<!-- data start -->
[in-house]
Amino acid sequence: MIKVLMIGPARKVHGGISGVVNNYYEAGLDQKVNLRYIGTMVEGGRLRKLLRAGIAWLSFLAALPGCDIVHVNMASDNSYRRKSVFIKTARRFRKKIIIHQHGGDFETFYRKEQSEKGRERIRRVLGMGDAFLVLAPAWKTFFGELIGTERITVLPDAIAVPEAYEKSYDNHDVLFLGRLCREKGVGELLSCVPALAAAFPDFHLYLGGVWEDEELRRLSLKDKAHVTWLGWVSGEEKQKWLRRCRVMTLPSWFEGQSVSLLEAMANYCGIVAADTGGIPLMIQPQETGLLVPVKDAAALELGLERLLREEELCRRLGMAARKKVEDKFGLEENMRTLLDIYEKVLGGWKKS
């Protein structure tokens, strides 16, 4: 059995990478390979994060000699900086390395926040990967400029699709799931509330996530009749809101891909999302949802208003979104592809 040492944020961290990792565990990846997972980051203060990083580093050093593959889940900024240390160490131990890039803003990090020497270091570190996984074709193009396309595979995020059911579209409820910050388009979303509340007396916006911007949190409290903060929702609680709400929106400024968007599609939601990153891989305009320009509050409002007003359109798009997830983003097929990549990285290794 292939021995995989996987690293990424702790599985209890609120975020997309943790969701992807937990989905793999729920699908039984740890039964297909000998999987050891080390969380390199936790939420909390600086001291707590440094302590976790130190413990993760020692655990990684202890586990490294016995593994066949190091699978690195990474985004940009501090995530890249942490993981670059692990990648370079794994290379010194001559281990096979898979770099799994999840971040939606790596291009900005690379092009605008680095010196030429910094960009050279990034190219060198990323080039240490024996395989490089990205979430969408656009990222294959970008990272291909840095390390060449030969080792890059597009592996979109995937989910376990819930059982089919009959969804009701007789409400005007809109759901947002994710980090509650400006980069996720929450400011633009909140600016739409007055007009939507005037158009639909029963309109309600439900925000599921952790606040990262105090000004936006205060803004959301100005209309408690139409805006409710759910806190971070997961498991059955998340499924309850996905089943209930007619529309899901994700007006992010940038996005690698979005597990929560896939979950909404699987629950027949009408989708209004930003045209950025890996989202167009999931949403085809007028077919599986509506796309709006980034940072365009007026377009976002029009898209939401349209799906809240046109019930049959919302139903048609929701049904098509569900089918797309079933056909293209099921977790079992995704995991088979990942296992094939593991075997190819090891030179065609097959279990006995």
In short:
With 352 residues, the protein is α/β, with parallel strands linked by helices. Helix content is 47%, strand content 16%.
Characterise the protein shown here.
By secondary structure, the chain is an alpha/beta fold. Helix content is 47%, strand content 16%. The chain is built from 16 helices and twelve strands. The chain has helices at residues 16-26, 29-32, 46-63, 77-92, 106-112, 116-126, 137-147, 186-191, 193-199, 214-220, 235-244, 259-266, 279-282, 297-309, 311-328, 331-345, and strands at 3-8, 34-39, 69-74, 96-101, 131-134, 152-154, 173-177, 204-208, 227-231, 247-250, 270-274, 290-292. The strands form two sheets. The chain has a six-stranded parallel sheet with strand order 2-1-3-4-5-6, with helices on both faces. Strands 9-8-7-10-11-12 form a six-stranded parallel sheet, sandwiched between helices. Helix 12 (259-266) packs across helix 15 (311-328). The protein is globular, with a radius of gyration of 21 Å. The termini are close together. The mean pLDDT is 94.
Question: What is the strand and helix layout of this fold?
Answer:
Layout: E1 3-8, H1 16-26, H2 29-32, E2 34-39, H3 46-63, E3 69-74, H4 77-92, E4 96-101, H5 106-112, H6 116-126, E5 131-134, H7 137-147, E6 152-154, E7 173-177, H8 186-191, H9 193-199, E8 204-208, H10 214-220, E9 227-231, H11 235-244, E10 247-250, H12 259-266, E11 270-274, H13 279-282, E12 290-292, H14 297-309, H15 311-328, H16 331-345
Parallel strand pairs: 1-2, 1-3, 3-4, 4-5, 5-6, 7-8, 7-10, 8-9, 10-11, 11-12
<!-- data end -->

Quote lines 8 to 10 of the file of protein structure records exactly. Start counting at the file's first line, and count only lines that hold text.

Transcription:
Question: What is the strand and helix layout of this fold?
Answer:
Layout: E1 3-8, H1 16-26, H2 29-32, E2 34-39, H3 46-63, E3 69-74, H4 77-92, E4 96-101, H5 106-112, H6 116-126, E5 131-134, H7 137-147, E6 152-154, E7 173-177, H8 186-191, H9 193-199, E8 204-208, H10 214-220, E9 227-231, H11 235-244, E10 247-250, H12 259-266, E11 270-274, H13 279-282, E12 290-292, H14 297-309, H15 311-328, H16 331-345